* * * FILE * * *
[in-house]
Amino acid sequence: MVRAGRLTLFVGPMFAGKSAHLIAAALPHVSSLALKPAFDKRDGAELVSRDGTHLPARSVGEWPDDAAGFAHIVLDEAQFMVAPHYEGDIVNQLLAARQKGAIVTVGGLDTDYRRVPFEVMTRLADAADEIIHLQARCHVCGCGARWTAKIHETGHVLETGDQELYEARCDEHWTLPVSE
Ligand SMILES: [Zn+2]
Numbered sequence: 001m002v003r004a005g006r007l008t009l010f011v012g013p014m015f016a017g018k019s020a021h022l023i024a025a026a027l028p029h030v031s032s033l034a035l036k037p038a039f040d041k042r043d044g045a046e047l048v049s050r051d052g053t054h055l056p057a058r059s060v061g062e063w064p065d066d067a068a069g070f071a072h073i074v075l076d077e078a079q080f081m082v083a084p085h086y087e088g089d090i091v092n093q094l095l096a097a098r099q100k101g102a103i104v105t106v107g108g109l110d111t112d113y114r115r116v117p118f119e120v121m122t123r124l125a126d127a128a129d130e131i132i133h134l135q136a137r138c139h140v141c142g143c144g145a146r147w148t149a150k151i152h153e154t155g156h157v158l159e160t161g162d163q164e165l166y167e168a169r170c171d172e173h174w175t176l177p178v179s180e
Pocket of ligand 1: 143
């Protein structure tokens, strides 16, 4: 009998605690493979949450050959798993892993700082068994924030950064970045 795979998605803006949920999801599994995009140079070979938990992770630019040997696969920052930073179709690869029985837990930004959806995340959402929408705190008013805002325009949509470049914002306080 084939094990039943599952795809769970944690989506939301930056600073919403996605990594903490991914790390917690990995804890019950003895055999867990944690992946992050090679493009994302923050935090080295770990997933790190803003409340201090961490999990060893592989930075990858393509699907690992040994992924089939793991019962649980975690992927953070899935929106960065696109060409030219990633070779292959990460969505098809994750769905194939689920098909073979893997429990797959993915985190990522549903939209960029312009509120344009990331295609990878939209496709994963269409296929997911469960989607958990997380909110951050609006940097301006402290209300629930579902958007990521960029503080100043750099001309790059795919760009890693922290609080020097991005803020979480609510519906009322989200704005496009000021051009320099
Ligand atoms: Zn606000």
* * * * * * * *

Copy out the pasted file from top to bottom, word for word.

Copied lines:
[in-house]
Amino acid sequence: MVRAGRLTLFVGPMFAGKSAHLIAAALPHVSSLALKPAFDKRDGAELVSRDGTHLPARSVGEWPDDAAGFAHIVLDEAQFMVAPHYEGDIVNQLLAARQKGAIVTVGGLDTDYRRVPFEVMTRLADAADEIIHLQARCHVCGCGARWTAKIHETGHVLETGDQELYEARCDEHWTLPVSE
Ligand SMILES: [Zn+2]
Numbered sequence: 001m002v003r004a005g006r007l008t009l010f011v012g013p014m015f016a017g018k019s020a021h022l023i024a025a026a027l028p029h030v031s032s033l034a035l036k037p038a039f040d041k042r043d044g045a046e047l048v049s050r051d052g053t054h055l056p057a058r059s060v061g062e063w064p065d066d067a068a069g070f071a072h073i074v075l076d077e078a079q080f081m082v083a084p085h086y087e088g089d090i091v092n093q094l095l096a097a098r099q100k101g102a103i104v105t106v107g108g109l110d111t112d113y114r115r116v117p118f119e120v121m122t123r124l125a126d127a128a129d130e131i132i133h134l135q136a137r138c139h140v141c142g143c144g145a146r147w148t149a150k151i152h153e154t155g156h157v158l159e160t161g162d163q164e165l166y167e168a169r170c171d172e173h174w175t176l177p178v179s180e
Pocket of ligand 1: 143
């Protein structure tokens, strides 16, 4: 009998605690493979949450050959798993892993700082068994924030950064970045 795979998605803006949920999801599994995009140079070979938990992770630019040997696969920052930073179709690869029985837990930004959806995340959402929408705190008013805002325009949509470049914002306080 084939094990039943599952795809769970944690989506939301930056600073919403996605990594903490991914790390917690990995804890019950003895055999867990944690992946992050090679493009994302923050935090080295770990997933790190803003409340201090961490999990060893592989930075990858393509699907690992040994992924089939793991019962649980975690992927953070899935929106960065696109060409030219990633070779292959990460969505098809994750769905194939689920098909073979893997429990797959993915985190990522549903939209960029312009509120344009990331295609990878939209496709994963269409296929997911469960989607958990997380909110951050609006940097301006402290209300629930579902958007990521960029503080100043750099001309790059795919760009890693922290609080020097991005803020979480609510519906009322989200704005496009000021051009320099
Ligand atoms: Zn606000």